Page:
Yeah, I've reviewed one folk metal album already this week and I try to keep things mixed up but, while that's an entirely apt descriptor for Adavänt, it's only a starting point for E-an-na, who don't sound like anybody else in any genre of music. I had a blast with their debut album, Nesfârşite, in 2019 and was eager to jump onto this follow-up. I'm reviewing after Lordi entirely by accident, with the band actually from Transylvania and another Eurovision hopeful—they were a finalist in 2022 in the Romanian selection contest, Selecția Națională. They sound as much like Lordi as Adavänt, which is not much at all. They don't even sound like Bucovina, who are what you might be thinking of if I say Romanian folk metal band.
While they don't sound like any other folk metal band, it's clear that they sound like an amalgam of folk and metal. The folk music is everywhere, all sorts of ethnic sounds whirling around in a mix that's all them. It's primarily folk music from the Carpathian mountains, but that doesn't mean a single sound. The harmonising vocals towards the end of O, Romaniţa may come closest to what a non-Romanian like me might think traditional music in the Carpathians might sound like, but that is merely one string to their Romanian bow.
There's wild and wacky carnival jazz on the intro, Mioretic Metal, that could accompany a Looney Toons cartoon. Doi kicks off with flutes and hand drums and it finds a neat combination of jagged rhythms and accordion groove. Călăuză matches prowling bass with gypsy dance music. There's a humming duet to kick off O, Romaniţa and it soon trawls in middle eastern rhythms and melodies, on both violin and drums. The intertwining vocals of male vocalist Andrei Oltean and female vocalist Roxana Amarandi late in the song is fascinating. And that's just the first four songs. E-an-na have no interest of skimping on this diversity as the album runs on.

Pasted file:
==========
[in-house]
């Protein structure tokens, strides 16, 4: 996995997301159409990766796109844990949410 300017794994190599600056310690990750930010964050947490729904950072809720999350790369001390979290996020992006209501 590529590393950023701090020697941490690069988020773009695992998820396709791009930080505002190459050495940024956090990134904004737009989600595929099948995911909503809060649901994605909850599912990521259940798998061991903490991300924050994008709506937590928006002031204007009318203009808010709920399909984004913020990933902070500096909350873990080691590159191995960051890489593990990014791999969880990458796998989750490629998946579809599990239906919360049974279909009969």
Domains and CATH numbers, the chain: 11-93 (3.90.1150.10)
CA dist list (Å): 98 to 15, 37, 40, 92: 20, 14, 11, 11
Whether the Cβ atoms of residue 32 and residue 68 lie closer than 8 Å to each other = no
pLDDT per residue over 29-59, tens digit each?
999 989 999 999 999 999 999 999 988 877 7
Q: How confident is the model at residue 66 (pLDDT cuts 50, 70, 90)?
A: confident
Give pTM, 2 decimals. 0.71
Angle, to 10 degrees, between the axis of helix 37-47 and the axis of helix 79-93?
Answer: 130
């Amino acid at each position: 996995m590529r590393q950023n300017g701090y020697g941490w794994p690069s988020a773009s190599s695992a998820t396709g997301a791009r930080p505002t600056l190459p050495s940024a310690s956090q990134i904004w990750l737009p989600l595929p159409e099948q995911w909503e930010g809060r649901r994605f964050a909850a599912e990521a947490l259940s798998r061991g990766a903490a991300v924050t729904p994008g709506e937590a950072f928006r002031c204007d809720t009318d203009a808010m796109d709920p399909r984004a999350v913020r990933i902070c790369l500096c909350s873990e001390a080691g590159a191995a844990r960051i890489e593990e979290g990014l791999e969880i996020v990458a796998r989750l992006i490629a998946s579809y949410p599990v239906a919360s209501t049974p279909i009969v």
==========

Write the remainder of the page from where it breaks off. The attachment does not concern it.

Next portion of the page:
While there's more folk than metal, there's a lot of metal here. It's there on Mioretic Metal, as it ought to be. The end of Călăuză is furious. Ies is heavy from the outset, like the roof has fallen onto us and the band carry on playing while we collectively hold that weight above them. 'colo 'mbia is crunchy guitars and hardcore shouts, surprising given that all the vocals have been clean thus far. It's arguaby alternative metal, even though it drifts into an extended accordion solo later on. Parts of the second halves of Fântânile de la Capătul Lumii and Floare de Fier are utterly crushing, even if they're accompanied by acoustic guitars or flutes. Suit în Nor could often be called nu metal.
All this is par for the course for this band, I should add. When you think you know what's going on, they turn on a dime and that's emphatically what I like most about E-an-na. I didn't hear anything here that fascinated me as much as the double whammy of Pielea and Pânda on Nesfârşite, but I'd only be disappointed if they didn't include new things that I haven't heard before and they happily delivered there. Biba sounds like someone playing the wires inside a piano, accompanied by some ruthlessly mechanical vocal rhythms. The final forty seconds are absolutely glorious but the entire song is fascinating.
Oddly, my favourite songs are in between the extremes. Mioritic Metal and Cenuşiu are gleefully lively, leaping around like a hummingbird on acid. At points, it's electronica. At points, it's metal. At points, it's a whole slew of things. Ironically, Cenuşiu translates to Grey, which this song utterly isn't. Floare de Fier is another bouncy one and a heavy one too, with chunky guitar and earworms of melodies. I also dug a couple of songs that are almost routine for this band, as surprising as it got for me. Fagure Negru has a gorgeous post-punk groove to it and Dulce is smooth as well, as it ought to be with a title that translates to Sweet.
So this may not have the peaks of Nesfârşite, but it's another fascinating album from a fascinating band. There are precious few bands on the planet who can keep their listeners guessing this much without losing the plot and E-an-na know exactly what they're doing. Roll on the next album!